Caro Meets Theatre Interview

Kaleya Baxe: Patricia Gets Ready (for a date with the man who used to hit her)

By | Published on Friday 13 May 2022

Coming up at Brixton House is the latest run of a show whose development we have been following for a while: we heard about it when it had its first few London dates and it appeared in our Three To See recommendations when it was on in the summer of 2021 in both Edinburgh and London. 

‘Patricia Gets Ready (for a date with the man who used to hit her)’ by Martha Watson Allpress has won much acclaim, and I was excited to see it back in the capital – and also thought it was about time we found out more about the play and the creative team behind it. 

I put some questions to the show’s director Kaleya Baxe ahead of its upcoming dates. 

CM: Can you start by telling us about the narrative of ‘Patricia Gets Ready’? What story does it tell?
KB: ‘Patricia Gets Ready’ is a story about a woman who has been separated from her abusive ex for a year and has done a lot of healing and growth.

However, when we see her bump into her ex at the top of the play, she has somehow agreed to go for dinner with him by the end of the conversation and didn’t manage to say any of the things she would have liked to.

We then spend an hour with Patricia in her bedroom as she decides how to move forward, should she go? Should she – can she? – say everything she has to say at dinner? All while being forced to reflect on the relationship and how she ended up where she is now. 

CM: What themes does the play explore?
KB: I’d say this play is a story about female empowerment, healing, love, abuse and catharsis.

CM: Does the play have a message at all? Who will it speak to?
KB: It’s hard to articulate the message when nothing compares to experiencing Martha’s writing beginning to end.

But, I would say the takeaway is being able to understand the complexity that comes with abusive relationships while falling in love with Patricia: a funny, sexually confident, complicated powerhouse of a woman.

This play actively fights against the stereotypes and weak representations we often see when it comes to the ‘abused woman’.

CM: What made you want to direct this play? What do you like about it?
KB: I’ve worked in the field of domestic violence prevention since I was a teenager, so this topic has always been close to my heart.

When you’re lucky enough to learn about what early warning signs and factors make an unhealthy relationship, you’re able to identify them around you in different areas of your life.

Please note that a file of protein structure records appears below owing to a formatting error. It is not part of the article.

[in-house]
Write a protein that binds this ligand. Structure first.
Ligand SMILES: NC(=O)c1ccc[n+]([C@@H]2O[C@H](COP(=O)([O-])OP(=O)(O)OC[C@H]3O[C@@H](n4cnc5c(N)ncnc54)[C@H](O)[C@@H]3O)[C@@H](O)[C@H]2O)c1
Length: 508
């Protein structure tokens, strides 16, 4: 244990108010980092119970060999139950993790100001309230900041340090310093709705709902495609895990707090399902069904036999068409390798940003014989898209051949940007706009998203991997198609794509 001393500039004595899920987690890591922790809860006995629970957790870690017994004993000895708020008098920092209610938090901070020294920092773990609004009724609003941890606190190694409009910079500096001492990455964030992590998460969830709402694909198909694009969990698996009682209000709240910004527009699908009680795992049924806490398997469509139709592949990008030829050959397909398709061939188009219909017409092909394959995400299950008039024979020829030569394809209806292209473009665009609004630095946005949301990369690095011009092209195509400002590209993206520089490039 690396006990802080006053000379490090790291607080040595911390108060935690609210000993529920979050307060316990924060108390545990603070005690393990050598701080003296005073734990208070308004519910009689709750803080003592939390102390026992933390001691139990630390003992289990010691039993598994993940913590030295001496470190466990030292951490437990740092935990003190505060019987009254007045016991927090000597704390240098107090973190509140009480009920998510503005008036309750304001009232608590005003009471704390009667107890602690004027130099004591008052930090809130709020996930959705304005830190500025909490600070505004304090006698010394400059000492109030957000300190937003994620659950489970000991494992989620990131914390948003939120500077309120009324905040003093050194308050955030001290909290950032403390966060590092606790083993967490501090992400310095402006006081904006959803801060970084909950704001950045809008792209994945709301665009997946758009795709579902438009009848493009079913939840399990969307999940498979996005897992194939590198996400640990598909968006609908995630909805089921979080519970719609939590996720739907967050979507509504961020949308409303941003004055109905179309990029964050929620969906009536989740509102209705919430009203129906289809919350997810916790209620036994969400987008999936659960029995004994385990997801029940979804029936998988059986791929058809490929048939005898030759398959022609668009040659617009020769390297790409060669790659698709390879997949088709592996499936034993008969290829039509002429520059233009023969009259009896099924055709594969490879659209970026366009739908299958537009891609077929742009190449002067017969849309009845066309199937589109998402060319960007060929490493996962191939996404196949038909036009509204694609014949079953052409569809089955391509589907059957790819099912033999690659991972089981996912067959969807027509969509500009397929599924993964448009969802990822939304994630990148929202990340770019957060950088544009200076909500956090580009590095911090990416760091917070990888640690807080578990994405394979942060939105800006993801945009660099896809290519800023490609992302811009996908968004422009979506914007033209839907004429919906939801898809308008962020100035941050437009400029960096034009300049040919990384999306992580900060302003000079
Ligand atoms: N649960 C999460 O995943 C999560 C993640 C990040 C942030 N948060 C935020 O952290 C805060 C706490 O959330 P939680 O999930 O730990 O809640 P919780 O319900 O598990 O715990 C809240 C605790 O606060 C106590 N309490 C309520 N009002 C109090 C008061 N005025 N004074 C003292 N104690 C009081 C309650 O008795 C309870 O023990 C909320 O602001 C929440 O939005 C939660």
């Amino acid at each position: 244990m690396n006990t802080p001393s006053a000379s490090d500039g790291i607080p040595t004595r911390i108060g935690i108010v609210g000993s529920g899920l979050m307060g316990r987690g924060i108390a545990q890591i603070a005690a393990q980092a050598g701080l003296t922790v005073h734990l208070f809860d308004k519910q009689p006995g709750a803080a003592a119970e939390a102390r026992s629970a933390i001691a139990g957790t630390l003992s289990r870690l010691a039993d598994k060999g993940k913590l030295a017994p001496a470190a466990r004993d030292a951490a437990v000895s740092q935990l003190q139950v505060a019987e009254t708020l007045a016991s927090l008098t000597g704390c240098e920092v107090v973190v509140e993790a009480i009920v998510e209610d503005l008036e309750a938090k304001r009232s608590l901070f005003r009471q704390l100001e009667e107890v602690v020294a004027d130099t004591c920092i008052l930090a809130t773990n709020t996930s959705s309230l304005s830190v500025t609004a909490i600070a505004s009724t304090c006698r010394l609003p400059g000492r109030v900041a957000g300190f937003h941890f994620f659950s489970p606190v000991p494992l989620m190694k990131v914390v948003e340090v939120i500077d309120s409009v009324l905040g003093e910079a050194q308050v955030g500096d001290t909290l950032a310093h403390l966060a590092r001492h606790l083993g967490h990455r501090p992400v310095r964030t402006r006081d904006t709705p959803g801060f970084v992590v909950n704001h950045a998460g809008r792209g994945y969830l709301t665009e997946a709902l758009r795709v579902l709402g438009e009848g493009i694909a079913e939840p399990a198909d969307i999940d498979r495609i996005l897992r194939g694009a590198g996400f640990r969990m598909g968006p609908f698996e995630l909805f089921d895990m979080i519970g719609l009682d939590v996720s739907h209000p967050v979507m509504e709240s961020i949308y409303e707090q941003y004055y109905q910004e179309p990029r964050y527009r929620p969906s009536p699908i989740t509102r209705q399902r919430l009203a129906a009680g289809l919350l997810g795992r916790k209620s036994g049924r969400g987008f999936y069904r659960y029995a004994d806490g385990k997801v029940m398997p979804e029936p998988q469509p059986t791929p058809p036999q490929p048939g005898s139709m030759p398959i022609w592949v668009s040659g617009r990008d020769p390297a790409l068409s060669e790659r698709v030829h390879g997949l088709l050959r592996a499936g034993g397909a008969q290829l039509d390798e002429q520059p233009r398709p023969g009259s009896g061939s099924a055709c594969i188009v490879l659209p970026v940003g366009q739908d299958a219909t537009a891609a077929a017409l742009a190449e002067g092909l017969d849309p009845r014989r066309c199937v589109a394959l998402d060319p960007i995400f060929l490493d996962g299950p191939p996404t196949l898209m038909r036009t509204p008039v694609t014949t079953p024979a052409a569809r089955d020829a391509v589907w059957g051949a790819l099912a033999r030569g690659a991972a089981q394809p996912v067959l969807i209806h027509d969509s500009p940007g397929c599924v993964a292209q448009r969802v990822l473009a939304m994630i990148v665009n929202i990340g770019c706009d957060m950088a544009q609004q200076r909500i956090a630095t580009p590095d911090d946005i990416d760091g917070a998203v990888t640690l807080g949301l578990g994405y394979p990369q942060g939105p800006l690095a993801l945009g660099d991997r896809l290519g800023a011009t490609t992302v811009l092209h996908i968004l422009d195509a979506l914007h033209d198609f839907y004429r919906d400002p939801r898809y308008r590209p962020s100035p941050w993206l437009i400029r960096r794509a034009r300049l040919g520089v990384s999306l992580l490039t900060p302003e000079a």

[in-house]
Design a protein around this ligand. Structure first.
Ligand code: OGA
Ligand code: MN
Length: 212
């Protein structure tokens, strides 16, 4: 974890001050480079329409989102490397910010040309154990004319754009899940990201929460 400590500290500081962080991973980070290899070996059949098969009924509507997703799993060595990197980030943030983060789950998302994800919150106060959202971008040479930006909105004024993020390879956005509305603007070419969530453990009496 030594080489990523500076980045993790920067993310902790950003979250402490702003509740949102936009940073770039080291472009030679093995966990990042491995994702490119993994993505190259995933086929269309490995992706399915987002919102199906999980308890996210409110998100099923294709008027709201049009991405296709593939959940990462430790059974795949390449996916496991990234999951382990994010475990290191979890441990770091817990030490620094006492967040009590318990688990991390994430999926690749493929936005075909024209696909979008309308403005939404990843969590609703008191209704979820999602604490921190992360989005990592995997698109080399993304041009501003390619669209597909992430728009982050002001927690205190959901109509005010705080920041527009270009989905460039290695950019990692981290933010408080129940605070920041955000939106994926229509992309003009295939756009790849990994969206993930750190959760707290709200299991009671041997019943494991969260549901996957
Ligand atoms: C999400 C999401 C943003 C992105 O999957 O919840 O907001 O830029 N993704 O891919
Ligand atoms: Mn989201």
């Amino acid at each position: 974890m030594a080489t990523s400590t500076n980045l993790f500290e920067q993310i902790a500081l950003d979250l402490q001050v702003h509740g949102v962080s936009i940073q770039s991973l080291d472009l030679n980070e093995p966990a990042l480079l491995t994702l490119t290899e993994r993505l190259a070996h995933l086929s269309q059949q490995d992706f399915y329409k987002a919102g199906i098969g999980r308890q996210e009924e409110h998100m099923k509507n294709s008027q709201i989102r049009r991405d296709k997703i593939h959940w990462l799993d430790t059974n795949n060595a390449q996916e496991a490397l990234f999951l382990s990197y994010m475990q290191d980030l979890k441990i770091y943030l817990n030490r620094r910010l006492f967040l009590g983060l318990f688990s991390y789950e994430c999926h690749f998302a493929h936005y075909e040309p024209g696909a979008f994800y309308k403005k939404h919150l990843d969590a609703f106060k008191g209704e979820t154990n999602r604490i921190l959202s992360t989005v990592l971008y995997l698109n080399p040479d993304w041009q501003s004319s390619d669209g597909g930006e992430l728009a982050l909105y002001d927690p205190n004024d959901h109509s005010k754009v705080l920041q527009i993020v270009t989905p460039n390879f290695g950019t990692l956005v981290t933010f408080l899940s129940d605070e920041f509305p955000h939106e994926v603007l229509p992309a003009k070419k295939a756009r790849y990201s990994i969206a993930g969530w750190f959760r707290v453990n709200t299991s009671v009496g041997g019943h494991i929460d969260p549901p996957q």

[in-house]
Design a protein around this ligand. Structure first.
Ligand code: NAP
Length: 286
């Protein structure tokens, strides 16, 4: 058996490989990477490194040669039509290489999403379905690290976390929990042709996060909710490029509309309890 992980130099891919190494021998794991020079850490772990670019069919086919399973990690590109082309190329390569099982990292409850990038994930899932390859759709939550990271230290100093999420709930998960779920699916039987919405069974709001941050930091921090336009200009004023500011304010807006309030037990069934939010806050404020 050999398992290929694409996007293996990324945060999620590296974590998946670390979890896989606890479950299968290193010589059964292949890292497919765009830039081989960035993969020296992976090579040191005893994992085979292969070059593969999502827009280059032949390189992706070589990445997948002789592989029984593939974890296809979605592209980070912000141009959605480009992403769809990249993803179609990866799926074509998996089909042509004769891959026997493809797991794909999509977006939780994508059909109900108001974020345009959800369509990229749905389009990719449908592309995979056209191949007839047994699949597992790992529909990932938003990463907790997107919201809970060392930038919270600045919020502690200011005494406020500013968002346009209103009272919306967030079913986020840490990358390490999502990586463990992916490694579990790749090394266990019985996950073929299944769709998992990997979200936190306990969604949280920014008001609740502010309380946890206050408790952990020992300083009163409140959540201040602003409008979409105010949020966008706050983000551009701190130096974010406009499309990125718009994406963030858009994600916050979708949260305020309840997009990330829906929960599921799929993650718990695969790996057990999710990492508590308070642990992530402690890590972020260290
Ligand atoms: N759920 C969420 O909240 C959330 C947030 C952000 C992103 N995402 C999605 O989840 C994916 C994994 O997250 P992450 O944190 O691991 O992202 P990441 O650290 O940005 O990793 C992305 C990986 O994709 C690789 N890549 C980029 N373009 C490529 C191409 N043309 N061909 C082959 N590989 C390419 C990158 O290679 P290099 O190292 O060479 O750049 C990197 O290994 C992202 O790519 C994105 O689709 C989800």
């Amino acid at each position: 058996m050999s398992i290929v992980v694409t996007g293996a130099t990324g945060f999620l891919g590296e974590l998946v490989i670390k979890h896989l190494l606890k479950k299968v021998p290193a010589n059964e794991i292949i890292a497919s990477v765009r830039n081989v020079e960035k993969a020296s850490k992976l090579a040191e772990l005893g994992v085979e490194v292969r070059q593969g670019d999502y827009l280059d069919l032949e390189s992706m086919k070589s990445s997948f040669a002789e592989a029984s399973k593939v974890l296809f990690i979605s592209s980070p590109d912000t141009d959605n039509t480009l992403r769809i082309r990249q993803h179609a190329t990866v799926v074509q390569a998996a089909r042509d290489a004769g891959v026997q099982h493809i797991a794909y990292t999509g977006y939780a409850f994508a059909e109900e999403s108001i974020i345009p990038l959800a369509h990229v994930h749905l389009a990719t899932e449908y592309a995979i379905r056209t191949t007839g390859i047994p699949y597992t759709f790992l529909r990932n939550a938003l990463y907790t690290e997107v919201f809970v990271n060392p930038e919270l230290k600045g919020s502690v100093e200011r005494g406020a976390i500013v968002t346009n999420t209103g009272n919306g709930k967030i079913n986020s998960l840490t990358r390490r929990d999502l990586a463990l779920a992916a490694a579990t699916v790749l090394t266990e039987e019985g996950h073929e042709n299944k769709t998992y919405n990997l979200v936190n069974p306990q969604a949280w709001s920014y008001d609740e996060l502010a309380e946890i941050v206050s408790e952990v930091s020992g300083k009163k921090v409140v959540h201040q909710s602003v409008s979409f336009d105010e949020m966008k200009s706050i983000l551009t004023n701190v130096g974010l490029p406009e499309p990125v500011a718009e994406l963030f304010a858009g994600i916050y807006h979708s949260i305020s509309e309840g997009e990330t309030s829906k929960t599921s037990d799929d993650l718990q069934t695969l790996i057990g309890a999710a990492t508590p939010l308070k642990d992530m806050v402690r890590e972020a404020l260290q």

When I first read an extract from ‘Patricia Gets Ready’ I immediately loved it, because I could tell that this play encapsulates the experience accurately, cleverly and emotionally without being a ‘trauma-porn’ play.

It’s respectful to people who’ve been through it, but also doesn’t try to simplify a complicated subject and is at times beautifully honest. If you can’t tell already – I fell in love with this play!

I think when you feel a strong understanding and connection with a text, that’s when you know you’re right to direct it. 

CM: Can you tell us about your directorial approach to it? What did you want to achieve?
KB: As a director, it can be easy to let your ego get in the way – wanting to do lots of showy cool things! But with ‘Patricia’, I felt it was important not to take away from Martha’s words – and also the powerful effect of just seeing a woman tell her story in a world where too often women aren’t given the chance to fully share their side or be believed.

The more we see Patricia as a real person the more powerful her story becomes as we can imagine her as our friend, sister, colleague. 

CM: Can you tell us a bit about the playwright Martha Watson Allpress? Has she been involved in bringing the show to the stage?
KB: Martha is an incredible writer and ‘Patricia’ was actually her first full length play! Recently she also had a new play in development called ‘Kick’ staged at the Lyric Hammersmith.

However, most people don’t know she is also a very talented actress! Her most recent work was ‘I Know I Know I Know’ at Southwark Playhouse, so you can imagine she’s a very busy woman!

As the play was first performed in 2019, by now me and Martha have a great working relationship where she really trusts me to lead the rehearsal room and production in a direction that serves the play best, it’s a great honour! 

CM: Can you tell us a bit about the actor who performs the play?
KB: I met Yasmin Dawes when she performed in another one woman show – ‘May Queen’ by Frankie Meredith –  as part of the Paines Plough Roundabout season, where I assistant directed for the incredible Balisha Karra.